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Shopify sees $1.5B loss turn into $68M profit, celebrates by firing 20% of staff

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Web commerce platform Shopify on Thursday announced a 25 percent increase in revenue followed by a 20 percent decrease in staff.

The job cuts come less than three months after Harley Finkelstein, president of the Ottawa-based firm, told the Canadian press, "There’s no cuts coming for us."

In its Q1 2023 results reported Shopify reported $1.5 billion in revenue, up 25 percent year-on-year, and earnings of $0.05 per share. Net income rose from a $1.47 billion loss this time last year to a modest $68 million in profit for this quarter.

Despite the positive financial results, CEO Tobi Lütke said the company would make the job cuts to staff ranks, around 11,600 employees and contractors at the end of 2022.

That number reflects a commitment in 2021 by the company to double the size of its engineering staff and also a staff decimation (10 percent) conducted in last July on account of miscalculations about the durability of pandemic ecommerce patterns.

Shopify joins a long list of technology companies that have cut jobs in the past year or so. According to, 1,056 companies cut 164,576 jobs last year. And in 2023, 646 companies cut 187,022 jobs. Among recent layoffs, game technology maker Unity said it would dump 600 staffers, or about 8 percent of staff, on Wednesday. And last week, IBM's Red Hat said it would cut 4 percent of staff, or about 800 people.

"We are changing the shape of Shopify significantly today to pay unshared attention to our mission," said Lütke in a public memo to staff. "There are a number of consequences to this, and I don’t want to bury the lede: after today Shopify will be smaller by about 20 percent and Flexport will buy Shopify Logistics; this means some of you will leave Shopify today."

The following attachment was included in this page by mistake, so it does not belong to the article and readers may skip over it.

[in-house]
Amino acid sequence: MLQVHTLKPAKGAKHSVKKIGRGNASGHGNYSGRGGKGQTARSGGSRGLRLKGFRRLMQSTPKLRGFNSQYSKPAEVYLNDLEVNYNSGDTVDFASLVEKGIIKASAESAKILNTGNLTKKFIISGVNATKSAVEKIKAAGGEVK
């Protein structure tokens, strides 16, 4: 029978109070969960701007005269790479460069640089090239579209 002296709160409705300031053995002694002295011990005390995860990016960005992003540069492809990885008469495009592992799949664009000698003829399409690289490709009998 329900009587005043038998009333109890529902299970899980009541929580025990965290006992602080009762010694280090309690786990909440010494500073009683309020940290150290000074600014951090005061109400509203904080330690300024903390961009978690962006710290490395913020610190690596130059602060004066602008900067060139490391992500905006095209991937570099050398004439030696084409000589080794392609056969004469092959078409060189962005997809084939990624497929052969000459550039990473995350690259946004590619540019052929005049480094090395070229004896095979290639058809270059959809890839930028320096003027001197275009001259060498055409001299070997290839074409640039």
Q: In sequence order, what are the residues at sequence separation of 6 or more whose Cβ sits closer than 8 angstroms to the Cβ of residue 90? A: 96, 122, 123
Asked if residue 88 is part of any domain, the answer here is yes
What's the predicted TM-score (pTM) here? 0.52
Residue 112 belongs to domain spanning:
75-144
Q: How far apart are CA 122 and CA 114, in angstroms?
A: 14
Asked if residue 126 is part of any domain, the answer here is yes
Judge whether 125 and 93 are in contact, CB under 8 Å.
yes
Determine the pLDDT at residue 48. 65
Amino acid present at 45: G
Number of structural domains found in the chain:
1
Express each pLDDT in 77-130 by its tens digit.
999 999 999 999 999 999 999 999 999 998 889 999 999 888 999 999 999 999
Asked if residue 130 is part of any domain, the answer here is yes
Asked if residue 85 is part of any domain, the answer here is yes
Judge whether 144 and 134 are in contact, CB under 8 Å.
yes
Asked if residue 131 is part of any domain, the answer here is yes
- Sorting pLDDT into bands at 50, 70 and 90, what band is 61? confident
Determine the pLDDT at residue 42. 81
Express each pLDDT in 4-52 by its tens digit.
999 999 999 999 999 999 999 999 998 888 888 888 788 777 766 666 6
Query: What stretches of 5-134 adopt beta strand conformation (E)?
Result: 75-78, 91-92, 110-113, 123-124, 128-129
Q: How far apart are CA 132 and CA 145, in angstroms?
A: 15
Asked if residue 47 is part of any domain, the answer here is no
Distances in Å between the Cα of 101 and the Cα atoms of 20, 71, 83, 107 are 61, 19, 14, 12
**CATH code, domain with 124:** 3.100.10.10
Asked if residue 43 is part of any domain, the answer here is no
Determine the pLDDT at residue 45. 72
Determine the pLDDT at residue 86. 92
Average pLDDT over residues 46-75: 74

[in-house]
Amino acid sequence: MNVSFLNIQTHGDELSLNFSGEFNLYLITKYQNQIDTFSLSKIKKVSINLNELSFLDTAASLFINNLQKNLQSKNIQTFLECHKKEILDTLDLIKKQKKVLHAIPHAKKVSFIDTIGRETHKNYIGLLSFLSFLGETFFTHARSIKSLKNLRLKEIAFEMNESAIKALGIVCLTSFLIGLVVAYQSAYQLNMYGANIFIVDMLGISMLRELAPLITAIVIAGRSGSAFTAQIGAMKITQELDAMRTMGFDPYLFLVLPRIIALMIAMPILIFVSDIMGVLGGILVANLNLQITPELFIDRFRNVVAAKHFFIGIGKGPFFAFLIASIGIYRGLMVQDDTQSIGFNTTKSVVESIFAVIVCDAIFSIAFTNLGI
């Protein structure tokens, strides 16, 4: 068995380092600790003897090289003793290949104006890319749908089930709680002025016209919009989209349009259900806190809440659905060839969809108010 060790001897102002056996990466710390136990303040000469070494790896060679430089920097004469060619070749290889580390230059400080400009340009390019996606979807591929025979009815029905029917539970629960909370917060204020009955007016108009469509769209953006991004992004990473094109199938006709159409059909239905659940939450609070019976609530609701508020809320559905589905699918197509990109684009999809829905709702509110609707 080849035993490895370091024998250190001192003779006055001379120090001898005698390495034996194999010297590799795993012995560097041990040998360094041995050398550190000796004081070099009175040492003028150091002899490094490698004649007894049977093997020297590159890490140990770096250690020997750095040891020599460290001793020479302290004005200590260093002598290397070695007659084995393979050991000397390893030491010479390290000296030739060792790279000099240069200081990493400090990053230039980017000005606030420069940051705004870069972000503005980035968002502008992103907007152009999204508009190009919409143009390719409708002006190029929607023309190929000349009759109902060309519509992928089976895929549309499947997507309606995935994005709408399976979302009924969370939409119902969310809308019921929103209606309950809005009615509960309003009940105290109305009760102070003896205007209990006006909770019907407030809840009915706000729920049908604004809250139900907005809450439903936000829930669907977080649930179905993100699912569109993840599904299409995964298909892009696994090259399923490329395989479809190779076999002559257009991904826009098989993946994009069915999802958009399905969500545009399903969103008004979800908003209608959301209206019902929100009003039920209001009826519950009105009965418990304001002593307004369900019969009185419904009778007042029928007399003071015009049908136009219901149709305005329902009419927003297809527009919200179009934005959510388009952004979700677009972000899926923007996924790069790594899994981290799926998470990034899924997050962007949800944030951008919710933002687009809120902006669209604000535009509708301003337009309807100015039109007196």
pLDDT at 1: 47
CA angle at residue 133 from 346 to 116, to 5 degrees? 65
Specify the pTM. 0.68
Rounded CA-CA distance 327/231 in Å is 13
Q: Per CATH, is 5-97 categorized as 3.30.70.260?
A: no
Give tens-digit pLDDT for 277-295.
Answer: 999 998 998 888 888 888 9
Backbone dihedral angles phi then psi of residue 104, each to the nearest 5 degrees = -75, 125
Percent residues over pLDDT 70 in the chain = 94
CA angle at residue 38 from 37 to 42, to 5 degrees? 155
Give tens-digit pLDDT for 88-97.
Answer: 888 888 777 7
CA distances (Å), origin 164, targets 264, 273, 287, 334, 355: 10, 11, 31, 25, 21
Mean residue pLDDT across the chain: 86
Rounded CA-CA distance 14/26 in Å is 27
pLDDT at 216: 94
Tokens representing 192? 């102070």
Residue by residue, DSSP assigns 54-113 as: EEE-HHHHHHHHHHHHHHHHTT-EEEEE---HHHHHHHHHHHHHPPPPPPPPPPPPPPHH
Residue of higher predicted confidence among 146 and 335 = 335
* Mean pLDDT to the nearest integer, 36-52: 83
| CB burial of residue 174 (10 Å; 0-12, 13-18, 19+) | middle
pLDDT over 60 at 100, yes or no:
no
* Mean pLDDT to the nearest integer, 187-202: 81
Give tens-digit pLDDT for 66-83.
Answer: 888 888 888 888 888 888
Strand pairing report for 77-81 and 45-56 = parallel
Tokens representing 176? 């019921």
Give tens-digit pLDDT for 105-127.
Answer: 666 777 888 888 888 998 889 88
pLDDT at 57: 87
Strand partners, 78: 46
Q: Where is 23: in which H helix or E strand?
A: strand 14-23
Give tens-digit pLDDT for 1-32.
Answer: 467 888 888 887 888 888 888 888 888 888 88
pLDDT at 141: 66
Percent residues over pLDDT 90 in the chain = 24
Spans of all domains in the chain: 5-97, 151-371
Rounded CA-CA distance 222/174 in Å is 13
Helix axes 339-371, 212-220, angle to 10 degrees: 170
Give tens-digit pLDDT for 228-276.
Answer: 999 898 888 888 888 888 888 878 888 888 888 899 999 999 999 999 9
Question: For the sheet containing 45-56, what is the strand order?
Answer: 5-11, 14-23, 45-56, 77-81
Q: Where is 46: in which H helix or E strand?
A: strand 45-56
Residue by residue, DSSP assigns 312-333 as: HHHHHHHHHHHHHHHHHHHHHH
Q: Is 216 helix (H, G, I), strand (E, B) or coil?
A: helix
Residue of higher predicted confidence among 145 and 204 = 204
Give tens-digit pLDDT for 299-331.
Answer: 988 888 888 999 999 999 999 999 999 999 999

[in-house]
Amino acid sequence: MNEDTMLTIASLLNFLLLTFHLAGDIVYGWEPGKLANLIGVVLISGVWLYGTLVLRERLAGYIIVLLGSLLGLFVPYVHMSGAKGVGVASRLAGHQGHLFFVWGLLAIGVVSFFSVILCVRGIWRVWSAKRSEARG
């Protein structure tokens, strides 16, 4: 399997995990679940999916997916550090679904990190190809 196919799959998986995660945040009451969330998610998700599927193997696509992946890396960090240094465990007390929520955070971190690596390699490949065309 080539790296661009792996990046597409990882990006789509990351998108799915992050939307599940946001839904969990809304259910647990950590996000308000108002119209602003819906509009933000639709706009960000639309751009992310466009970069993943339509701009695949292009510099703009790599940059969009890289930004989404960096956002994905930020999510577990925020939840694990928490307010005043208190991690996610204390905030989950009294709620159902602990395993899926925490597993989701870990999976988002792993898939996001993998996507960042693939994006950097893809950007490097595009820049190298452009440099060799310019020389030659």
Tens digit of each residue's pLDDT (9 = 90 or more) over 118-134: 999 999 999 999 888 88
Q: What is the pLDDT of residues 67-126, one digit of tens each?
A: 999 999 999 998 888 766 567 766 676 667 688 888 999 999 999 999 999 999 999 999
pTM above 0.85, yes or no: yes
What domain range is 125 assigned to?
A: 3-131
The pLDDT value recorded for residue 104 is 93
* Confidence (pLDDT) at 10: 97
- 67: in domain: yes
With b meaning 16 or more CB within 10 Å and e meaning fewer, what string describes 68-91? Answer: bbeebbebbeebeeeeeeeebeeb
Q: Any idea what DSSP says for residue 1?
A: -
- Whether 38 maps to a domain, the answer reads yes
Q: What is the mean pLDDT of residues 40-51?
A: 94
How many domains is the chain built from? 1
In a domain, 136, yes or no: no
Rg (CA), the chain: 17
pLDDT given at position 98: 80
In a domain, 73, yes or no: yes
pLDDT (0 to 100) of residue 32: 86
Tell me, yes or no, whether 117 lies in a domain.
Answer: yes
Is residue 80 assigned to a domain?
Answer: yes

Shopify Logistics includes Deliverr, a delivery service acquired a year ago for $2.1 billion. As part of the deal, Shopify will receive stock amounting to approximately 13 percent equity in Flexiport, on top of its existing shares.

Lütke suggests that developments in AI play some part in the company's decision to adjust its business strategy without articulating exactly what that means.

"Technological progress always arcs towards simplicity, and entrepreneurs succeed more when we simplify," he said.

"But now we are at the dawn of the AI era and the new capabilities that are unlocked by that are unprecedented. Shopify has the privilege of being amongst the companies with the best chances of using AI to help our customers. A copilot for entrepreneurship is now possible. Our main quest demands from us to build the best thing that is now possible, and that has just changed entirely."

Earlier this week, IBM CEO Arvind Krishna told Bloomberg that the company is pausing hiring for jobs that AI can do and said he expects that could affect 7,800 jobs being lost over a five year period. ®

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